In the ring Sato is a little genius. He's heavy handed, very highly skilled, a great judge of distance and a nasty body puncher. We've yet to see him being tested, and the truth is we think it might be a long time until that happens, which is why the Sato falling through was so disappointing. He's not an average 3-0 fighter, and is more like what British fans would expect a 16-0 type to look like, with a high IQ and a very smart, yet aggressive, approach in the ring.
Kawabata made his debut back in March and was obviously expected to shine on debut given his amateur back ground and time sparring with the "Monster". Surprisingly however Kawabata was dropped by Thai fighter Natchaphon Wichaita on debut, before bouncing back to stop the Thai in the second round. What was saw in his debut was a fighter with nice speed and decent power, but not the crisp shots that we've seen from some other former amateurs who have turned professional. Despite being knockdown he showed good composure and was obviously more embarrassed than hurt. You could pick a lot of areas for him to work on, both defensively and offensively, especially in the way he often seemed to slap his shots, but there was a lot to like and he fought like a man eager to impress.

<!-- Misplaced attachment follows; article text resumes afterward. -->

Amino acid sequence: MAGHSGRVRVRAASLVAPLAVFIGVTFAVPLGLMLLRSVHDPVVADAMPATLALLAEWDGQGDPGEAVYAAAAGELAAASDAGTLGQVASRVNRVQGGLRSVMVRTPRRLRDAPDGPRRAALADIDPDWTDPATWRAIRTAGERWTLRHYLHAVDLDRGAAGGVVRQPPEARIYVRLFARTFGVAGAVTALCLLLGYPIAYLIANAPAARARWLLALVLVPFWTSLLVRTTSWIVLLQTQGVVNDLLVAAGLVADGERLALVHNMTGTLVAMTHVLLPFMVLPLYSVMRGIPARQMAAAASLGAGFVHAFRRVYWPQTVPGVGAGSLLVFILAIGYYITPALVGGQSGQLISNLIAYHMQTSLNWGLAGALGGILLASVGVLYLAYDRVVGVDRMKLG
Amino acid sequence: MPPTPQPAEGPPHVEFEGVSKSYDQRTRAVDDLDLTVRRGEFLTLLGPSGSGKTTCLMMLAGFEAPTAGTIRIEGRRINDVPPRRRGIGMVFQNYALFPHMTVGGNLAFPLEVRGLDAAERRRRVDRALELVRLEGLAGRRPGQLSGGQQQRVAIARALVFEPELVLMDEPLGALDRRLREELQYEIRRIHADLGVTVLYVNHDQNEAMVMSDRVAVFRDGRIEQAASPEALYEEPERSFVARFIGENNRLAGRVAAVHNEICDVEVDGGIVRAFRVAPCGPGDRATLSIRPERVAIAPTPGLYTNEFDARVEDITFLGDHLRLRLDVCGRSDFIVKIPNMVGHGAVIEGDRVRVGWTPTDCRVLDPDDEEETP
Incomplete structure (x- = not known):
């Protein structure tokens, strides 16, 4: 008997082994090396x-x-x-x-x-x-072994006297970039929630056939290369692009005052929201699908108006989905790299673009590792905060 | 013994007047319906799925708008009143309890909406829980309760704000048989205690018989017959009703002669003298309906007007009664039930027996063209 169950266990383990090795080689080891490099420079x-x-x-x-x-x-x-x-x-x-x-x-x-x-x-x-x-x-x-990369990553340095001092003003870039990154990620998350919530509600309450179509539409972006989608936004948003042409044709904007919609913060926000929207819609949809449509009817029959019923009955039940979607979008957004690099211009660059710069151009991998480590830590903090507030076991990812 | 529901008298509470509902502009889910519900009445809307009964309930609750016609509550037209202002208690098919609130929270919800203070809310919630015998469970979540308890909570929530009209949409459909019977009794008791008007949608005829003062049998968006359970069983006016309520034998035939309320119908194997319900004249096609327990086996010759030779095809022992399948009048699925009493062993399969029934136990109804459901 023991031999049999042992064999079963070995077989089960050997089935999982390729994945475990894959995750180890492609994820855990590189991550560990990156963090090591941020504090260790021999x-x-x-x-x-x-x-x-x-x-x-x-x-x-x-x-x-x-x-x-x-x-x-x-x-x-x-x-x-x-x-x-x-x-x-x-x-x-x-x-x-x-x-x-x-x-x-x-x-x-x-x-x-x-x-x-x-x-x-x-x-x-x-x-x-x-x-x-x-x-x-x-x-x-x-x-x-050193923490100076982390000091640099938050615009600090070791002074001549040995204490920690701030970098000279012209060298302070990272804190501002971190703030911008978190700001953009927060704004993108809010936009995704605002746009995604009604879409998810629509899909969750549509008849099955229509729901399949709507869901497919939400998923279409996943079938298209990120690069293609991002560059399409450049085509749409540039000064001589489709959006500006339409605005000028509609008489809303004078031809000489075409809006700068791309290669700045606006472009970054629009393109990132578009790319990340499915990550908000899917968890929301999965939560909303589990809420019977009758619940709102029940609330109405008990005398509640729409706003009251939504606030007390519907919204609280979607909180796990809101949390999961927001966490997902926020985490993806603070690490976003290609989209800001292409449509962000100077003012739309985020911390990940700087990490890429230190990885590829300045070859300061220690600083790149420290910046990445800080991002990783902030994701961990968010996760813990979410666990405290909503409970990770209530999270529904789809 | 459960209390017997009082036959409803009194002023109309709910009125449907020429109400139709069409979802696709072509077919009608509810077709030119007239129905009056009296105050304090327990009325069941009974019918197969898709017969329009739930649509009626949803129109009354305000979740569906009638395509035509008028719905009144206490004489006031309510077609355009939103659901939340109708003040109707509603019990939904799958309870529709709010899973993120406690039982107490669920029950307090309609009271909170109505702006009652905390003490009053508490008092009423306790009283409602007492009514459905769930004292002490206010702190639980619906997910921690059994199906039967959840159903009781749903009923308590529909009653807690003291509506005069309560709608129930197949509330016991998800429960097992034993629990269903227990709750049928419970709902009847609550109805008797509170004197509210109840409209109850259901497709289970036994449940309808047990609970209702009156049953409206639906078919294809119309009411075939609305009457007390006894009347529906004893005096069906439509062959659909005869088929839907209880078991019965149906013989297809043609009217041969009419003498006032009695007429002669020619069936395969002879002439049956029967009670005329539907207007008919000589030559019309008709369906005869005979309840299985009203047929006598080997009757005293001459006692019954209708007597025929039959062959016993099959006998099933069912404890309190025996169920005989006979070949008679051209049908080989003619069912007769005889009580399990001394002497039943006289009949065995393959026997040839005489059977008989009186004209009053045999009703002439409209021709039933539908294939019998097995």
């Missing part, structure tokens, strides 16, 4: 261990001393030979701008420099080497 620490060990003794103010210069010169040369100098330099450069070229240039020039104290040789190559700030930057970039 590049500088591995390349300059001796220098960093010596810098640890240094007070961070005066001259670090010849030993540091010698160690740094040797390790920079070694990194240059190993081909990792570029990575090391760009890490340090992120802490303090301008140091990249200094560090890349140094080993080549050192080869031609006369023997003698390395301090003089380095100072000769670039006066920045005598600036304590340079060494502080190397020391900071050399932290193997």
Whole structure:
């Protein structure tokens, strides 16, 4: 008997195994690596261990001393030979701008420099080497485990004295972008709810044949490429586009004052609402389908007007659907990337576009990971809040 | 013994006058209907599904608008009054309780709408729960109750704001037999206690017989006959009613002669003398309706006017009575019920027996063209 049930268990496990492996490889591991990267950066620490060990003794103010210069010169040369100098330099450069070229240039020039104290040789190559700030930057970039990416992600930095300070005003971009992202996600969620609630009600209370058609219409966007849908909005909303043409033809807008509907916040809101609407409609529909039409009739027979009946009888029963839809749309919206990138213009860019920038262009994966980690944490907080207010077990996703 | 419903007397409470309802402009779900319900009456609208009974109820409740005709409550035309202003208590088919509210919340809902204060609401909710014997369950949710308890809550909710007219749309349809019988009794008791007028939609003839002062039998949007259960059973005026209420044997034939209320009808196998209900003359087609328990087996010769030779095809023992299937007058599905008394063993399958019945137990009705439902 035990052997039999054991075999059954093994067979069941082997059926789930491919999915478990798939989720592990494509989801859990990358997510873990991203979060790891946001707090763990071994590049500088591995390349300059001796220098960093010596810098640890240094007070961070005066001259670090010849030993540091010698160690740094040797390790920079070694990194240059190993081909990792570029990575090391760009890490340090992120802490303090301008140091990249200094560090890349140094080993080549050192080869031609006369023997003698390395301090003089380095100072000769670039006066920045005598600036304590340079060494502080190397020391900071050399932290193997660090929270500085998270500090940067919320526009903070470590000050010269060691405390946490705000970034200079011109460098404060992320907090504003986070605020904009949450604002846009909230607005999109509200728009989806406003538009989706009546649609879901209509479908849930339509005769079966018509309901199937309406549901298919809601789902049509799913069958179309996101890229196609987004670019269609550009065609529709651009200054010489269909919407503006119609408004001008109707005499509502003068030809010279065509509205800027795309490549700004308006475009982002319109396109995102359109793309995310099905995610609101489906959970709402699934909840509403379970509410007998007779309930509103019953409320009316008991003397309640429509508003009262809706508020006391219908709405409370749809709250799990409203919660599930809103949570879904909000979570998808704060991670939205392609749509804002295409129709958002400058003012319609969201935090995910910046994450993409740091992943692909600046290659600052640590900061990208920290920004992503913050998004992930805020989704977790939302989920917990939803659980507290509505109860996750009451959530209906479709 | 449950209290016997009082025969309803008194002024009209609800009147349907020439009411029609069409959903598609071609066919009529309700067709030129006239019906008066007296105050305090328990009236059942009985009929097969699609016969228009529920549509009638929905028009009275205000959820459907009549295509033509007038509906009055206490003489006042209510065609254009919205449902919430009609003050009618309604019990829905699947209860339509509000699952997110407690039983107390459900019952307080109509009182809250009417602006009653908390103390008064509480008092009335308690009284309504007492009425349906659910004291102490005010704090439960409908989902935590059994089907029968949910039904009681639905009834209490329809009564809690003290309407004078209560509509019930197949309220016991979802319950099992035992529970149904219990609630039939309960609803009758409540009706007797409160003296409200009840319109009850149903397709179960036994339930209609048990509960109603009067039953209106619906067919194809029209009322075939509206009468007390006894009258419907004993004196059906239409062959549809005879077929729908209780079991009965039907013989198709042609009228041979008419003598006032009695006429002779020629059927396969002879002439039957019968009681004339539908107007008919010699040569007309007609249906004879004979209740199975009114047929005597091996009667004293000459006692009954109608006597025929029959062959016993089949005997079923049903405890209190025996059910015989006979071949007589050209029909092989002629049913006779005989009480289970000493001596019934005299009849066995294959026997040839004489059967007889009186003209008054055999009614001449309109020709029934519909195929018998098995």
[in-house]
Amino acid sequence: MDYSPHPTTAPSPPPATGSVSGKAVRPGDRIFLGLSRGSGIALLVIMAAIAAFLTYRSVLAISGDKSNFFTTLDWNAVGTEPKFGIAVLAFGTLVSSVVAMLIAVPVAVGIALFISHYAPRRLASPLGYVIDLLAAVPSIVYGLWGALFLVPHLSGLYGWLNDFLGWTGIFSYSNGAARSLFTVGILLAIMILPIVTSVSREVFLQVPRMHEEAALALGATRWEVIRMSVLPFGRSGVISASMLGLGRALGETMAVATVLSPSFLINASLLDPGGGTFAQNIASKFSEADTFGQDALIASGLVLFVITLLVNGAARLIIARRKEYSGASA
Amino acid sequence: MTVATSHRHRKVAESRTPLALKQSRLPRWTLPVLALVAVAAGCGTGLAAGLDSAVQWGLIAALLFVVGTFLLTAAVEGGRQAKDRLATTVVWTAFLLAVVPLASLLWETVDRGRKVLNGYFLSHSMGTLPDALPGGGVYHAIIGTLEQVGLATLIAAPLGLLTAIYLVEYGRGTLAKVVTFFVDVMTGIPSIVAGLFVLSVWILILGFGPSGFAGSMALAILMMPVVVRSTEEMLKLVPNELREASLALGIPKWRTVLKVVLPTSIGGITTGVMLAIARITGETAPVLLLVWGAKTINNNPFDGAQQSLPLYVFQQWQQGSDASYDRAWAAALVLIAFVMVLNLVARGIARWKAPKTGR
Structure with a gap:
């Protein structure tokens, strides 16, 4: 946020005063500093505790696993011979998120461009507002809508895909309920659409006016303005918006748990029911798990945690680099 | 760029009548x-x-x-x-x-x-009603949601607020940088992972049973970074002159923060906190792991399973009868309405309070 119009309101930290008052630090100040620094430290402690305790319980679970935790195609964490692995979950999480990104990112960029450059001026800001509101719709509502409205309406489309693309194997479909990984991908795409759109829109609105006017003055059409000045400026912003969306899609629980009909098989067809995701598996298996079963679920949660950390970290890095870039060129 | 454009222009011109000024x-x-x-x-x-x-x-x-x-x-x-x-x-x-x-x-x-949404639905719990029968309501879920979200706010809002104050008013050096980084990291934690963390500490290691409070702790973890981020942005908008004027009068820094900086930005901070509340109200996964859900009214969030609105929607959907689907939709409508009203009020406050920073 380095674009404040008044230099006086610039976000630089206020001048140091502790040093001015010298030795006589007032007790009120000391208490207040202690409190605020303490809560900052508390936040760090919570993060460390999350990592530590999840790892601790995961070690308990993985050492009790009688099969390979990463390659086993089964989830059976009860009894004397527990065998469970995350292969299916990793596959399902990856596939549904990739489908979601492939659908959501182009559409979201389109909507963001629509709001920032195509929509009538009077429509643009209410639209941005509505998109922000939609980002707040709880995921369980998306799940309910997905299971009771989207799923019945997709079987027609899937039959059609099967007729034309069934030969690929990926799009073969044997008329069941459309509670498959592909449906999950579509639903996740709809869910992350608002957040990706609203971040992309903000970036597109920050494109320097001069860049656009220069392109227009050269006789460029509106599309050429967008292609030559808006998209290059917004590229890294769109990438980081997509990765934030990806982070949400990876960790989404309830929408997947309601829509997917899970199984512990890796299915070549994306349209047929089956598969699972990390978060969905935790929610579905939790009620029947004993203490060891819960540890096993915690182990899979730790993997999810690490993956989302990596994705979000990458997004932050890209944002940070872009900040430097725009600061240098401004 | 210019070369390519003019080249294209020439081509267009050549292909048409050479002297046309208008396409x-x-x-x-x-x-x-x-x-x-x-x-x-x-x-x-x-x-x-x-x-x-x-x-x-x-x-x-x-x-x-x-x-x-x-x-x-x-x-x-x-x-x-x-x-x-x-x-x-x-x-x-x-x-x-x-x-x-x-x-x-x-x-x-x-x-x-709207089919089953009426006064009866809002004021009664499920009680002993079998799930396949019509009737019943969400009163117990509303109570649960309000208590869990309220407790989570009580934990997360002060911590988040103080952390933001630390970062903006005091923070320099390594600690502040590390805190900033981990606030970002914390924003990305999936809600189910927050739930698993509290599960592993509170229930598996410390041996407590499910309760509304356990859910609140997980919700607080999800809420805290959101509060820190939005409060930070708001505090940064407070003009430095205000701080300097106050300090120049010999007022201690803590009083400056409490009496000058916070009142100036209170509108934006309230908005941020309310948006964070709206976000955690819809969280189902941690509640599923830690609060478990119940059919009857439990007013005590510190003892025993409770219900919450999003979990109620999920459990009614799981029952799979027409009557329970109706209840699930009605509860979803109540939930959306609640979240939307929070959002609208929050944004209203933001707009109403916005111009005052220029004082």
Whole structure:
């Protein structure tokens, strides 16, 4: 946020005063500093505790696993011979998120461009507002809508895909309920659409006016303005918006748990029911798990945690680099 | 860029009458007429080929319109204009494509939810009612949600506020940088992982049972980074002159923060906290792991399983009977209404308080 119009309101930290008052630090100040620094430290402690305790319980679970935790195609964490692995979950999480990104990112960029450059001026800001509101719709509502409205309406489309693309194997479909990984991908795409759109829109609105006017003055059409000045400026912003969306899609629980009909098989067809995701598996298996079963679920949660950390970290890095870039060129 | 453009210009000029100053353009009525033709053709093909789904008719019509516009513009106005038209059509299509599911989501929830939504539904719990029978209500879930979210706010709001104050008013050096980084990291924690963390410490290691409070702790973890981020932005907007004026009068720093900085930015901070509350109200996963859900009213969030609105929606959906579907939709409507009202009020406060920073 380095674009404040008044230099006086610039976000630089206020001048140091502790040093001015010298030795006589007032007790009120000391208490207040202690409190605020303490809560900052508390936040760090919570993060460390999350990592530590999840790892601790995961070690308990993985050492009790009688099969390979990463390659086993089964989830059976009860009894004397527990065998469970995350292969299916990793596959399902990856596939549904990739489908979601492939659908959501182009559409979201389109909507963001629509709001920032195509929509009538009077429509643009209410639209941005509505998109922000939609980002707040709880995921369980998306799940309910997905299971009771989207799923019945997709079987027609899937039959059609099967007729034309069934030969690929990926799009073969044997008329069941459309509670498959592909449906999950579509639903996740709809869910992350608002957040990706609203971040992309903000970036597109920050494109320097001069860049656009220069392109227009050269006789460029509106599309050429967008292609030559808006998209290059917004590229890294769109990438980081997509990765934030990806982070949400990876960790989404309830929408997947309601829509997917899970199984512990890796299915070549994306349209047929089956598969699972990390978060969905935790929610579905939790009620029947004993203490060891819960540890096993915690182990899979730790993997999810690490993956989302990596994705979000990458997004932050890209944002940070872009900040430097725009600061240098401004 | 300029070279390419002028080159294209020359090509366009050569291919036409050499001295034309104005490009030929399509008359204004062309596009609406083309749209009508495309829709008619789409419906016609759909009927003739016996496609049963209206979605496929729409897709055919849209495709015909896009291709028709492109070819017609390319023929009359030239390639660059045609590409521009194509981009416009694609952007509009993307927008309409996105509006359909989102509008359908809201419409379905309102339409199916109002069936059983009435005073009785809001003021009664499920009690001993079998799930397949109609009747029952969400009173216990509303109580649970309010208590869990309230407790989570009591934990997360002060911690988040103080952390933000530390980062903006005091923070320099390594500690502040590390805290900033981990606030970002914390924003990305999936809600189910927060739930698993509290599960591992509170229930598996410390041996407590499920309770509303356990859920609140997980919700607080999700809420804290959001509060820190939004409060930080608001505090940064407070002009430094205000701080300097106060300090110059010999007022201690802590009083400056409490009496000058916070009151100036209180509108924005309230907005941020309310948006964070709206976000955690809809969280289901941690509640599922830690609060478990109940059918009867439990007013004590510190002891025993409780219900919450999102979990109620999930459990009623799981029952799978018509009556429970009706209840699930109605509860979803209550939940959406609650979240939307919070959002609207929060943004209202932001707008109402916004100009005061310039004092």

In is second pro bout Kawabata took out Mongkol Kamsommat in 2 round, on the under-card of Ioka Vs Palicte. On paper this result doesn't mean a lot but it was the quickest that Mongkol had been stopped thus far in his career. He can clearly hit, with solid power, though we do wonder what that power is like against a capable opponent, like we'll see with his bout against Shiba.